This is where the whole field is exciting: it is not just one discipline alone that will solve things. In my lab, for instance, although we are a cell biology lab, we spend a lot of time working with our colleagues in chemistry because they are the experts on the design and synthesis of some of these new nanomaterials that we like to work with. It is very much in marrying different disciplines that ultimately solves the problems.
Your UCD Cell Screening Laboratory, as well as carrying out research, offers technical support for collaborators wishing to access your high-content screening platform. How important is this level of collaboration and support to drug discovery and life sciences research?
We see this as very much a two-way street. We established the lab approximately 13 years ago, and the concept was to have a single place within Ireland with high-content expertise and equipment that could potentially serve many people. The infrastructure is extremely expensive: robotics, automation, imaging, etc. Particularly in a small country like Ireland, you do not need to replicate such facilities across multiple locations. You need to have one place where that infrastructure is consolidated, and then, alongside that infrastructure, you need to have appropriate support so that you make the most of that investment.
This is the ethos with which we have positioned our lab. While we utilize the infrastructure for our own research and projects, at the same time we have researchers from all over the country who also access it. This means that these external users get the benefit of our expertise to be able to do the experiments they want to do.
We can advise on the best way to carry out a screen or an assay – and at the same time, we get something back, as we get to hear about the broader landscape within the country. For example, what diseases are being worked on; or what the drug discovery or delivery problems are being tackled elsewhere. This allows us to get a good sense of the landscape in that respect, and we learn from each other.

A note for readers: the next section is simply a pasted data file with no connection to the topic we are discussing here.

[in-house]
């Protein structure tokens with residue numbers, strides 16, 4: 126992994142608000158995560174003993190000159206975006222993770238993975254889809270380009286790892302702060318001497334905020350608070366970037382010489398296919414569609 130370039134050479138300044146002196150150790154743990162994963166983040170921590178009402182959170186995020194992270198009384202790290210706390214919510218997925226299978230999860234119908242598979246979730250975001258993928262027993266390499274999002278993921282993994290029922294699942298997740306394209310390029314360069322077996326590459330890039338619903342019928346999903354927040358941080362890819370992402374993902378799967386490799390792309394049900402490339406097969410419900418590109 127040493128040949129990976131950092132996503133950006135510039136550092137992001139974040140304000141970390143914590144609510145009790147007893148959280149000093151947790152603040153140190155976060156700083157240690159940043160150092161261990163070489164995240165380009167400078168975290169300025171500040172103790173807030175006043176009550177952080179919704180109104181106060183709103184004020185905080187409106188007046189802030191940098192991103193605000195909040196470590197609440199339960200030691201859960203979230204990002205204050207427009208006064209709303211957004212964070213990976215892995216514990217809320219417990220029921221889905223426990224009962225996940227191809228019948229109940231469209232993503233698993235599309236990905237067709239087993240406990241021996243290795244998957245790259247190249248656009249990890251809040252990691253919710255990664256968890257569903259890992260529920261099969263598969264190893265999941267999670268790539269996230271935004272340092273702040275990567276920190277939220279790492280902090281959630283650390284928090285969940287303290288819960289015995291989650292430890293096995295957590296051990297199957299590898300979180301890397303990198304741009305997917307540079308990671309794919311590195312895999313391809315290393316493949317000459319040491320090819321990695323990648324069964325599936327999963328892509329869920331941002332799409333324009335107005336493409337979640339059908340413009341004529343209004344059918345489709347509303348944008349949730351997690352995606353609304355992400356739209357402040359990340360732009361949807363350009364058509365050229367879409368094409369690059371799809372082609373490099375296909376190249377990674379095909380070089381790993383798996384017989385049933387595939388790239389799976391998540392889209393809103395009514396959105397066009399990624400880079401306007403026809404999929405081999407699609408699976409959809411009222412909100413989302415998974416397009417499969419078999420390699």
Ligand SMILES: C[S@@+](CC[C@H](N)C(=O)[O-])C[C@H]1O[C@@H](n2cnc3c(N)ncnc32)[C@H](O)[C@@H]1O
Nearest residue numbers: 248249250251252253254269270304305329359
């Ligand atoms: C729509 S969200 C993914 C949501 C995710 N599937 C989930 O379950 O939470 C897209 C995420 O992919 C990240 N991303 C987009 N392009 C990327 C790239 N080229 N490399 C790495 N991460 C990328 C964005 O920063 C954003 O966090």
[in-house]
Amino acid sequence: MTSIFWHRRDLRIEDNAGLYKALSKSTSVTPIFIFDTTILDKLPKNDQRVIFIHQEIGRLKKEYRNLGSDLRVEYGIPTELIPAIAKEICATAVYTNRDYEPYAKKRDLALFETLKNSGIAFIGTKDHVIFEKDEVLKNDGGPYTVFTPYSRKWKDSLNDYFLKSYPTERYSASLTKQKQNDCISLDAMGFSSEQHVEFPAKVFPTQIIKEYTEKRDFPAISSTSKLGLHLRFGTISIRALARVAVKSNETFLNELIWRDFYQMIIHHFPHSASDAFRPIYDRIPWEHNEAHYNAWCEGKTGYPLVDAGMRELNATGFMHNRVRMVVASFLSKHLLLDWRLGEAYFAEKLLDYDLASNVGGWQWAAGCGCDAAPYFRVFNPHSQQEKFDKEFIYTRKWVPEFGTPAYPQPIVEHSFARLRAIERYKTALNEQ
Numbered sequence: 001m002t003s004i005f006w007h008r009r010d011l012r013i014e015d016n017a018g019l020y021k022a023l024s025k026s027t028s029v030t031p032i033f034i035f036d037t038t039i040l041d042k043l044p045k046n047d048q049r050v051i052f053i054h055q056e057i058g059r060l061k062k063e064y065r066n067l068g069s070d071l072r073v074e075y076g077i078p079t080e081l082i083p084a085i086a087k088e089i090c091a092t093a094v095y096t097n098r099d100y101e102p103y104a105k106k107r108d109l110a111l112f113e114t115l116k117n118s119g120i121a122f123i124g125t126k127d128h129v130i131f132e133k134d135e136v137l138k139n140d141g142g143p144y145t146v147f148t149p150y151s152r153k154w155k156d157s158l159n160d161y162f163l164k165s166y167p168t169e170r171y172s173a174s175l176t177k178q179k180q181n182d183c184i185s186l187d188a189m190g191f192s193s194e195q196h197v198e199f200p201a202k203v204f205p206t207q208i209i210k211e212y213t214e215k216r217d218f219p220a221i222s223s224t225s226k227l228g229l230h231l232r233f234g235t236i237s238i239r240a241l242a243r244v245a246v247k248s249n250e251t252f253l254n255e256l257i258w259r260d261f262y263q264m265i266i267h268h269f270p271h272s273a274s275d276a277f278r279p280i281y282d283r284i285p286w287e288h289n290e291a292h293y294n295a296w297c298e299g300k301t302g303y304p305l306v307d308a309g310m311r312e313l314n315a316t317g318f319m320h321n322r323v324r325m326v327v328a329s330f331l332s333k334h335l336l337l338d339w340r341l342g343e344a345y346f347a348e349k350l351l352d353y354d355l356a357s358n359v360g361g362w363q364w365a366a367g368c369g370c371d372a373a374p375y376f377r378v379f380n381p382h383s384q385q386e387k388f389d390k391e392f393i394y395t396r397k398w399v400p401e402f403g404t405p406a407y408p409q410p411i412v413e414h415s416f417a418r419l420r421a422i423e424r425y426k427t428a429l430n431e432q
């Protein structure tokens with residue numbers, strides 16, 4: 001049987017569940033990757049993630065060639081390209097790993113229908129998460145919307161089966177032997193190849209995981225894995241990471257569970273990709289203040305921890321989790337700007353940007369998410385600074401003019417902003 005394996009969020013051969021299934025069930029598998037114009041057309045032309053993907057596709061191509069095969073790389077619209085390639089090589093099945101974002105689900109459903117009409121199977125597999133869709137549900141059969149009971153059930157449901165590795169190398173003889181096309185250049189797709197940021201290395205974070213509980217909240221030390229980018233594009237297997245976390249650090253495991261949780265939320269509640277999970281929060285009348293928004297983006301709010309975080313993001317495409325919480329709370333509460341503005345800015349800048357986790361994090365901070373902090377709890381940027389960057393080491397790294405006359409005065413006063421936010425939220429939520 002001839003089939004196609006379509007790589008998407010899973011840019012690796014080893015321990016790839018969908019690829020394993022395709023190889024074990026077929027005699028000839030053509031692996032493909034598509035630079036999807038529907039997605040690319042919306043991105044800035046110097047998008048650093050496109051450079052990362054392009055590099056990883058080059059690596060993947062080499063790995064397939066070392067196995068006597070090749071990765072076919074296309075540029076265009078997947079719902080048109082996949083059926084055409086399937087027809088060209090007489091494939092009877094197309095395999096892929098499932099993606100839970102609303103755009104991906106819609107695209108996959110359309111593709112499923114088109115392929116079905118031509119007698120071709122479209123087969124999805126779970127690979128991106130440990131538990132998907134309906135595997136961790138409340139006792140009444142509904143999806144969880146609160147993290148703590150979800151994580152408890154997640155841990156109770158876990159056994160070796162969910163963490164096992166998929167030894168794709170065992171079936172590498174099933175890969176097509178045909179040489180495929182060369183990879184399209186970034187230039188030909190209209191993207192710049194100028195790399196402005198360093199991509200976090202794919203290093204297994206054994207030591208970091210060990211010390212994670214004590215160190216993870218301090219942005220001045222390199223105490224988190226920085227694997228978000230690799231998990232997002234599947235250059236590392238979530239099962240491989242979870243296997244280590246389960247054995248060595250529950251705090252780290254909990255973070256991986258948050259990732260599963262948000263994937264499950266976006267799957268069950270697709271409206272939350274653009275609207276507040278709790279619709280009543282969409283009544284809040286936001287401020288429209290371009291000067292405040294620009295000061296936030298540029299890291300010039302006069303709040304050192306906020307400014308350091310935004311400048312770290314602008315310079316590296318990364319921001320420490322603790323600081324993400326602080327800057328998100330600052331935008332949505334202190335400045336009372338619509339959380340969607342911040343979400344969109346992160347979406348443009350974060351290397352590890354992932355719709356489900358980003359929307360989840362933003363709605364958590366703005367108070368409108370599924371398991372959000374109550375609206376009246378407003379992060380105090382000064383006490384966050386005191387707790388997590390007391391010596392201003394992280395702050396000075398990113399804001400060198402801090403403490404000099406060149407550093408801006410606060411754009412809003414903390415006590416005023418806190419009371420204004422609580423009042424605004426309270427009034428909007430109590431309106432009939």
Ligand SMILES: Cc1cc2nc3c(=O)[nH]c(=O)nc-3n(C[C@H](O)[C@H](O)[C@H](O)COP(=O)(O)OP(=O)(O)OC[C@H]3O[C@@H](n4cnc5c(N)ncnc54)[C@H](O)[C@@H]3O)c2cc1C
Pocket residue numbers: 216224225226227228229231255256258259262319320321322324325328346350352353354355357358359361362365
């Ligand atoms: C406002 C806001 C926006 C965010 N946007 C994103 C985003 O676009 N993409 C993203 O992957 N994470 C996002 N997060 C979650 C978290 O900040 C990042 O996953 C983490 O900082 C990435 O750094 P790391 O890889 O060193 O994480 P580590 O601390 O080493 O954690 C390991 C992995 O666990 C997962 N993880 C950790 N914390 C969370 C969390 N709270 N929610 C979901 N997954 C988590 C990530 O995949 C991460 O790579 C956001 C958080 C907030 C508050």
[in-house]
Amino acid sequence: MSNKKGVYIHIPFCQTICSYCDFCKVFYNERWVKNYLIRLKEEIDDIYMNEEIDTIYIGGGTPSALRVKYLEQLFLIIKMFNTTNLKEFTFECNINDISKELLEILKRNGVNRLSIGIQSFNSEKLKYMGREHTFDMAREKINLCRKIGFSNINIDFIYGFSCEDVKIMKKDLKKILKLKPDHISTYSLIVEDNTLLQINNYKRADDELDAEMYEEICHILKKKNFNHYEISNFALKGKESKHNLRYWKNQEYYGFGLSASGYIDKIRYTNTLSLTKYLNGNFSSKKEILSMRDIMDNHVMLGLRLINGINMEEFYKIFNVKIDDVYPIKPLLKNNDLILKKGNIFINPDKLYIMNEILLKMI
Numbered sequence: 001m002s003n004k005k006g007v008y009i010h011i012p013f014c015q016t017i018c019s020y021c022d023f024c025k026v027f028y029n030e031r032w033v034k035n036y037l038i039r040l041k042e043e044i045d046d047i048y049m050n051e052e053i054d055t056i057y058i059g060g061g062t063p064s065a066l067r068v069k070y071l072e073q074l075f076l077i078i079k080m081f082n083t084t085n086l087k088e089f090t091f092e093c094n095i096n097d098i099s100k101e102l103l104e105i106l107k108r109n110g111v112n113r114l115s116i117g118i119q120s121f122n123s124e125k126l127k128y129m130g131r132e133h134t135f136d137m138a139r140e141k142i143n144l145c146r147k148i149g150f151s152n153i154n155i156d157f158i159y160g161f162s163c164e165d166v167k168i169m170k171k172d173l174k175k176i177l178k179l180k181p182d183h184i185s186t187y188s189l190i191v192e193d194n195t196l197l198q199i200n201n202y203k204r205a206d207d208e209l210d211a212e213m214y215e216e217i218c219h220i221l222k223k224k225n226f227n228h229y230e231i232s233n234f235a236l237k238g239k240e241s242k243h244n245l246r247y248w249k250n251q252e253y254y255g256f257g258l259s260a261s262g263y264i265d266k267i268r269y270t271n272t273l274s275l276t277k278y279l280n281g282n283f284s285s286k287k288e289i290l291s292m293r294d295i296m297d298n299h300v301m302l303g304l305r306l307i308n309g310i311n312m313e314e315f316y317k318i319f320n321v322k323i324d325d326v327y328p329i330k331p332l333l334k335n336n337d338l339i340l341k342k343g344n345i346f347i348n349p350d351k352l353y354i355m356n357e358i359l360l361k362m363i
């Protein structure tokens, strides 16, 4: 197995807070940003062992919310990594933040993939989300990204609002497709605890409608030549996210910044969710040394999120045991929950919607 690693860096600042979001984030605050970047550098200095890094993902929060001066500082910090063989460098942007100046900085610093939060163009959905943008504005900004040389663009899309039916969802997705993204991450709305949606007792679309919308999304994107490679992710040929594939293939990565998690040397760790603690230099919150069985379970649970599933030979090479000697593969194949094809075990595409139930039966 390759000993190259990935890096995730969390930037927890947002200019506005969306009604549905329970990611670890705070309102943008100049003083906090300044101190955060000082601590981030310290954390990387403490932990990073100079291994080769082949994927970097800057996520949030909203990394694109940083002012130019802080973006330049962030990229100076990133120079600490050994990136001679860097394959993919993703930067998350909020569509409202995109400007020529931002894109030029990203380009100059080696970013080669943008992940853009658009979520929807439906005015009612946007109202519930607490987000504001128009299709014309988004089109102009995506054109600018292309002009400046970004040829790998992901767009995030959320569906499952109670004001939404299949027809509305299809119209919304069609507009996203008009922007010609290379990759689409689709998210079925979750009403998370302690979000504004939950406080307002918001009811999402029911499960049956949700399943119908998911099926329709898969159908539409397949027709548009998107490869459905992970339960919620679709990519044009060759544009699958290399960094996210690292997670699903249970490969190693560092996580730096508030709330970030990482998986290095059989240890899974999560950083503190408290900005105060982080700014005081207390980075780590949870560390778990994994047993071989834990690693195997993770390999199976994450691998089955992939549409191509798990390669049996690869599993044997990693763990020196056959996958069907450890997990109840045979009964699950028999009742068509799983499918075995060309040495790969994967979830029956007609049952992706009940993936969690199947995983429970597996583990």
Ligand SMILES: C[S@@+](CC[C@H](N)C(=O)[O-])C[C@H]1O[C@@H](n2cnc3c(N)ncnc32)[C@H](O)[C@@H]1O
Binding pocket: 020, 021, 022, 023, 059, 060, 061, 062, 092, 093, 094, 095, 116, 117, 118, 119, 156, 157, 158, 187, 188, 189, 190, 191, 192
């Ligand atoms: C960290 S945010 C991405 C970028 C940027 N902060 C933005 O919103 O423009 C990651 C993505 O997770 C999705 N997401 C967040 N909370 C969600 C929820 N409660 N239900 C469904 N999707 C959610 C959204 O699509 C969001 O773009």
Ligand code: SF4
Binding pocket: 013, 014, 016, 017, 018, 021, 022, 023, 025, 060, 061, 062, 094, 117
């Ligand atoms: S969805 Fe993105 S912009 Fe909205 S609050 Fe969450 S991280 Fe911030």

I also think that the beauty of research is that it guides itself, based on the conversations and interactions that researchers have.
Our experience is that in those serendipitous conversations, creativity flows, and brilliant ideas come from there. This is particularly so for a lab like ours that is based on a technology platform that can serve many different applications. When we get researchers visiting the lab who are working in very different fields of biology, they might come over and suggest something in a such a way where I might think: "Well, actually, I never thought of that." That then feeds into new ideas; all coming from the power of bringing people together.
Do you believe that if we modeled the same level of global collaboration we observed from the COVID-19 pandemic, we would see new therapeutics being bought to market faster? What would this mean for global health?
While we often reflect on the pandemic and all its natural negatives and lows, I have to acknowledge that there have been incredible positives as well: in the global response, the development of vaccines, and the repurposing of therapeutics.
Perhaps nobody appreciated how fast that work could be done when there was an absolute necessity. Again, I think that has challenged a lot of the conventions that state that the process of developing a therapeutic has to take ten years.
We have been able to demonstrate through the pandemic that if you can bring the right people together, adding in industry, academic expertise, technology and technology platforms - with some urgency – the life sciences sector can respond quickly. Perhaps the pandemic has been a wake-up call in that respect: a reminder that we should try and bring these groups together more often and more intensely to address other significant problems in health and disease.
This all circles back to the fact that all of the applied research that is going on is all underpinned by fundamental research that is often going on in research institutes and universities: it is really about keeping that pipeline of really high-quality fundamental research coming through, to ensure that when we do need to respond to a pandemic or health emergency, everything is in place to be able to react quickly.
Throughout your career, what has been your proudest achievement?